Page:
Hackers: Heroes of the Computer Revolution

Steven Levy

Published by

O'Reilly

ISBN

978-1-449388-39-3

RRP

£16.99

Reviewed by

Danny Williams MBCS CITP

Score

9 out of 10

HackersHackers describes the birth of hacker culture along with the people, events and computers that made it possible. It is written for anyone who has an interest in the more informal aspects of computer history.

The media often portrays a hacker as someone who creates computer viruses and illegally gains access to restricted computer systems. But back in the 1950s hacking was quite different. Some members of the MIT Tech Model Railroad Club (TMRC) decided to branch out.

The university had an IBM 704 computer, but access was severely restricted, which meant that the TMRC members who were used to tinkering with the railroad could not have the same degrees of freedom with the computer. This was incredibly frustrating for these students whose driving desire was to make things better.

Then one day, MIT took delivery of a TX-0 computer. Jack Dennis, who as an undergraduate was a member of TMRC, was one of the people who worked on the TX-0. He invited some of the TMRC members to see this new computer, and the rest is history.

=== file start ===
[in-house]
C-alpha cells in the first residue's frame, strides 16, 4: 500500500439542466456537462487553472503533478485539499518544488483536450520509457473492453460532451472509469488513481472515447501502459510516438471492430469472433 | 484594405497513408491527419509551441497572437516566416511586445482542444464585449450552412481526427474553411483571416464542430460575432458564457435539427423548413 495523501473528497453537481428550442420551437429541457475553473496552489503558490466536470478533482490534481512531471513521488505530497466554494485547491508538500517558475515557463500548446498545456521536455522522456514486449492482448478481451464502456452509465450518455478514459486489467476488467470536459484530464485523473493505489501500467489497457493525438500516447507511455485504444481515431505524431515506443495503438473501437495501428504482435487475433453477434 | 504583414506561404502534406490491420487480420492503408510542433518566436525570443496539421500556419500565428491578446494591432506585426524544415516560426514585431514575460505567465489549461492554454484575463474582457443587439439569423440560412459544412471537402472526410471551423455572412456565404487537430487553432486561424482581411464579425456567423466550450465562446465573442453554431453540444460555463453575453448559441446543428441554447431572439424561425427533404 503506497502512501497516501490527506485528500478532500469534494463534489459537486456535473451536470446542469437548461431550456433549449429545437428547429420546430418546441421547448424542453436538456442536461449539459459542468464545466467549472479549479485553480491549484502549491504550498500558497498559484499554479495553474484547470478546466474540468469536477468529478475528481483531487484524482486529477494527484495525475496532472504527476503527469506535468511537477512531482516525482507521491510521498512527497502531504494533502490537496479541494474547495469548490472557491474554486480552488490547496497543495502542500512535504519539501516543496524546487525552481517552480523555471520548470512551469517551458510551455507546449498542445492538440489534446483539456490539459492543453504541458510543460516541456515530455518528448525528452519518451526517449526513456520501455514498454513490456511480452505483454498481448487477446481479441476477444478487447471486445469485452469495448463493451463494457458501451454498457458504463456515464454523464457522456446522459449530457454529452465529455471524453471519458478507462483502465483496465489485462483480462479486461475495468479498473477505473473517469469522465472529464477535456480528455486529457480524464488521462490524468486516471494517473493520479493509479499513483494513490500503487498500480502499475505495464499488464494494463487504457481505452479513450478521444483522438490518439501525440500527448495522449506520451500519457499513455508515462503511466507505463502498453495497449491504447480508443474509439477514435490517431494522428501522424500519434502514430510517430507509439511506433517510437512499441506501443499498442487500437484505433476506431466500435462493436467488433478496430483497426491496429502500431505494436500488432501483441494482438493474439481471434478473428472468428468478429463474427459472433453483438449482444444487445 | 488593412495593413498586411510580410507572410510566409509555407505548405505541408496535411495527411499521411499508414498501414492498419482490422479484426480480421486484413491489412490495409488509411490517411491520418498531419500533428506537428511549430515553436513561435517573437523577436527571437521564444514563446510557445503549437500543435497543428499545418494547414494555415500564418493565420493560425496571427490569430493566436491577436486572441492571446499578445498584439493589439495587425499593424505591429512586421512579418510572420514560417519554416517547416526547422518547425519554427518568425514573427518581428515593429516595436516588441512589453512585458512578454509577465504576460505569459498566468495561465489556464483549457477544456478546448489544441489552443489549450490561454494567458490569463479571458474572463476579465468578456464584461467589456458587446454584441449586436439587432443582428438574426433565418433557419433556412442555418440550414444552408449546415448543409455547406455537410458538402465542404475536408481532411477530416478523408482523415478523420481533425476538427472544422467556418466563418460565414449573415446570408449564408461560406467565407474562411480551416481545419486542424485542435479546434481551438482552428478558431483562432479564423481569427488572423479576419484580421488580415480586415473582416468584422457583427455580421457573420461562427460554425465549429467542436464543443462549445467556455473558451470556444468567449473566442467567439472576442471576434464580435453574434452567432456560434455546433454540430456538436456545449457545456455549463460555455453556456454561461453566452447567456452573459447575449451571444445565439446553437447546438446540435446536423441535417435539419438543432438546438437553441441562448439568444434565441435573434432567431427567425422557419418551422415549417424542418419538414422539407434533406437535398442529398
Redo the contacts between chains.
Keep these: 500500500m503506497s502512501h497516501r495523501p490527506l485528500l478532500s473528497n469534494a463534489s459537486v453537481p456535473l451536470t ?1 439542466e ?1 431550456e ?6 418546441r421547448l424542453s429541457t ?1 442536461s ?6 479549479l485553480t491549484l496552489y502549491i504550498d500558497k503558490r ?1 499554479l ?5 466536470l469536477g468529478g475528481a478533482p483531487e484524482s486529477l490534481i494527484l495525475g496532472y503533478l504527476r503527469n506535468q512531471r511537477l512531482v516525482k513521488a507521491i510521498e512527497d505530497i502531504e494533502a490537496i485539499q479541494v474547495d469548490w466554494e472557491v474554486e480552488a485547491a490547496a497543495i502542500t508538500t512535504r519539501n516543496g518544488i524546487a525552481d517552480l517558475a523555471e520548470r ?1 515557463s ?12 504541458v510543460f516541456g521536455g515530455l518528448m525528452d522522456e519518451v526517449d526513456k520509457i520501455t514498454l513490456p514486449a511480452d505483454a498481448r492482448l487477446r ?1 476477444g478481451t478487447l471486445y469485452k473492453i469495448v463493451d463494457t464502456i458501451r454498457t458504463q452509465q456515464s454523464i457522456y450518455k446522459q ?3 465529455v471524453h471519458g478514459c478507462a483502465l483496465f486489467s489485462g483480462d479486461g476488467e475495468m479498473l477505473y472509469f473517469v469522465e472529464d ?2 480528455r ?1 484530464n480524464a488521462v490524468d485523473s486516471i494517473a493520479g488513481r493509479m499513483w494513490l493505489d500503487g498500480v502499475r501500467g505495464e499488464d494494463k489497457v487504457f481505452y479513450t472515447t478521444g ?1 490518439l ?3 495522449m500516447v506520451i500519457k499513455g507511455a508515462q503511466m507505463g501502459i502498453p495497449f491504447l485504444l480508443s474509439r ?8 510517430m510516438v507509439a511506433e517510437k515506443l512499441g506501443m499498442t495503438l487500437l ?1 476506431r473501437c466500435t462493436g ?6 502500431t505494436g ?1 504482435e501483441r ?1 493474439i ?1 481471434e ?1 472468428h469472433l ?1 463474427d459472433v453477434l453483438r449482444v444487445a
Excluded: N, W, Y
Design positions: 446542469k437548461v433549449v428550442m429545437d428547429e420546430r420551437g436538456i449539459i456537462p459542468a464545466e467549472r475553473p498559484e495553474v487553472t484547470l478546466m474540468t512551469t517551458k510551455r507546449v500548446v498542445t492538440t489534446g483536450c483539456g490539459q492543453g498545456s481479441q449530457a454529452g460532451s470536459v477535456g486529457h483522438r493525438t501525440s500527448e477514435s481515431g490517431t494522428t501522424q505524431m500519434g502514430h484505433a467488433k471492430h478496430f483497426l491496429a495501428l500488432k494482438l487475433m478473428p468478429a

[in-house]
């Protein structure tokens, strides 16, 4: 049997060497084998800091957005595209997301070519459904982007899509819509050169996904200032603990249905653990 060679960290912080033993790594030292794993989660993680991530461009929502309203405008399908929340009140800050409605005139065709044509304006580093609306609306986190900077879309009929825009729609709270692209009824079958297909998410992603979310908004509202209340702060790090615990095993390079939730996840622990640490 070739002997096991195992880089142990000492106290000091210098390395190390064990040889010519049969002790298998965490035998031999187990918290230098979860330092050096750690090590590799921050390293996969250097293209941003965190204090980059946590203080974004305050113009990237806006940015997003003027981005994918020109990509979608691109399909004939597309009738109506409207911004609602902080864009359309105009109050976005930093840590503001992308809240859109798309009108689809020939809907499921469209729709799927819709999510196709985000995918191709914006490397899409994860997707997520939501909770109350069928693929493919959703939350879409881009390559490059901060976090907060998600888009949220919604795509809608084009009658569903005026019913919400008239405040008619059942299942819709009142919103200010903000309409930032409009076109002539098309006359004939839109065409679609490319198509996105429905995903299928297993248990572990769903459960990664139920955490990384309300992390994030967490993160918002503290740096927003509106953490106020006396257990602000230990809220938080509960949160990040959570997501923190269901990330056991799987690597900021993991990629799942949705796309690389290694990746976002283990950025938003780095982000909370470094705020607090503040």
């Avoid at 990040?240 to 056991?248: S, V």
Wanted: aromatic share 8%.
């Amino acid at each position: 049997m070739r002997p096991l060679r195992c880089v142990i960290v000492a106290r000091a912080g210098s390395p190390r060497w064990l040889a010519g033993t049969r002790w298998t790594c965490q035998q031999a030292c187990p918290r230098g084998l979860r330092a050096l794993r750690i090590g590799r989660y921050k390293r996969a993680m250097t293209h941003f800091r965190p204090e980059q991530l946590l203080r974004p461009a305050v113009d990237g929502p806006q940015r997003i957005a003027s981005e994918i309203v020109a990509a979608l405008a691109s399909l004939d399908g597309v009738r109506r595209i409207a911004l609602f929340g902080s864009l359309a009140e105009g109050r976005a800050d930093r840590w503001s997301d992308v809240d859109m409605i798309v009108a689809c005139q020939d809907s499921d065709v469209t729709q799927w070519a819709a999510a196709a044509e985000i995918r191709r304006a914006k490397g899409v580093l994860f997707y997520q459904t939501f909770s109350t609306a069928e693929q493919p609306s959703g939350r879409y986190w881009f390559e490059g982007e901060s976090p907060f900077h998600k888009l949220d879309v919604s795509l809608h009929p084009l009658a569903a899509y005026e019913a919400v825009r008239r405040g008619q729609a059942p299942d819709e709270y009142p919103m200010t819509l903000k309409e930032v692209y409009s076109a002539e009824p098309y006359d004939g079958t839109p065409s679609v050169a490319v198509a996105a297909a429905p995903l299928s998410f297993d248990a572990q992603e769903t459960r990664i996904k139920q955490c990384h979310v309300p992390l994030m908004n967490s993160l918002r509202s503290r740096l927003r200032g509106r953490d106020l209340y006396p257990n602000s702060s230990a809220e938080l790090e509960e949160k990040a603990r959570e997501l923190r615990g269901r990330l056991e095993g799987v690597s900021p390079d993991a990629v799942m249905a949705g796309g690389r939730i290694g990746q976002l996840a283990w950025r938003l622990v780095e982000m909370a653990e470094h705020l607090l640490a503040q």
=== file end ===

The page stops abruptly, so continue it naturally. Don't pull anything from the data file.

Levy guides you on a journey starting with students' first hardware dalliances in universities. You meet many of the people who, without intending to do so, defined a new culture. Levy defines the hacker ethic, which includes principles such as free access to computers and information.

The second epoch of hacking covers the advent of home computing. Facilitated by the introduction of relatively inexpensive microprocessors, people started to build their own computers, many using the MITS Altair 8800 kit. Here we meet familiar names including Steve Wozniak, Bill Gates and Steve Jobs as well as others who were equally influential albeit not so famous.

Once companies such as Apple and Atari started mass-producing computers, the fascination with making the hardware work moved on to software. And what better way to exploit all the available technologies than through computer games?

We learn about companies and personalities who became very rich by creating games such as Frogger. These hackers, like those that preceded them, were mostly not driven by money; instead, the quality of the game was their driving imperative. They just happened to get rich at the same time!

Levy has revisited his book twice since its original publication. In its 25th year it is still relevant today. One can see many parallels between the original hacker ethic and the guiding principles of Open Source Software.

At almost 500 pages this is a long book - but there are so many stories to tell. I recommend you read Hackers to learn about the people who helped to popularise computers for us all today.

Further Information: O'Reilly

August 2010